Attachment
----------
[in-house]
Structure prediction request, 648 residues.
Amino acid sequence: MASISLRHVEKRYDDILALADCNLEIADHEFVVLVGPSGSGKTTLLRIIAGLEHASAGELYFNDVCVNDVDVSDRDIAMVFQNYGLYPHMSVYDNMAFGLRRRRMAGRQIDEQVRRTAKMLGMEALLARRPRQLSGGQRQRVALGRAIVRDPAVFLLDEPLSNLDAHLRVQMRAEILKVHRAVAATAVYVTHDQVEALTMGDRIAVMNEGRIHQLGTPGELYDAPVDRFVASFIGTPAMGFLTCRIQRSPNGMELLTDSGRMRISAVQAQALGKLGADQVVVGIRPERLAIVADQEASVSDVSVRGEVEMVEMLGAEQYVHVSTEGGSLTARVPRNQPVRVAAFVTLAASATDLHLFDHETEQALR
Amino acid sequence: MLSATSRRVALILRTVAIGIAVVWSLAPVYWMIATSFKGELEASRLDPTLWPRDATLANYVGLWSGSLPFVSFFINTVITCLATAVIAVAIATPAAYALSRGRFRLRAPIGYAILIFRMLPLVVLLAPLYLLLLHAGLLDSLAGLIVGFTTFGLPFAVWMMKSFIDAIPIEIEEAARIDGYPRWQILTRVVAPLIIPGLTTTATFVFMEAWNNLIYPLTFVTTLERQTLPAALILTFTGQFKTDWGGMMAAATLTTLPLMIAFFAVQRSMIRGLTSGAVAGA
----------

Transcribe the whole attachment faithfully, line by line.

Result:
[in-house]
Structure prediction request, 648 residues.
Amino acid sequence: MASISLRHVEKRYDDILALADCNLEIADHEFVVLVGPSGSGKTTLLRIIAGLEHASAGELYFNDVCVNDVDVSDRDIAMVFQNYGLYPHMSVYDNMAFGLRRRRMAGRQIDEQVRRTAKMLGMEALLARRPRQLSGGQRQRVALGRAIVRDPAVFLLDEPLSNLDAHLRVQMRAEILKVHRAVAATAVYVTHDQVEALTMGDRIAVMNEGRIHQLGTPGELYDAPVDRFVASFIGTPAMGFLTCRIQRSPNGMELLTDSGRMRISAVQAQALGKLGADQVVVGIRPERLAIVADQEASVSDVSVRGEVEMVEMLGAEQYVHVSTEGGSLTARVPRNQPVRVAAFVTLAASATDLHLFDHETEQALR
Amino acid sequence: MLSATSRRVALILRTVAIGIAVVWSLAPVYWMIATSFKGELEASRLDPTLWPRDATLANYVGLWSGSLPFVSFFINTVITCLATAVIAVAIATPAAYALSRGRFRLRAPIGYAILIFRMLPLVVLLAPLYLLLLHAGLLDSLAGLIVGFTTFGLPFAVWMMKSFIDAIPIEIEEAARIDGYPRWQILTRVVAPLIIPGLTTTATFVFMEAWNNLIYPLTFVTTLERQTLPAALILTFTGQFKTDWGGMMAAATLTTLPLMIAFFAVQRSMIRGLTSGAVAGA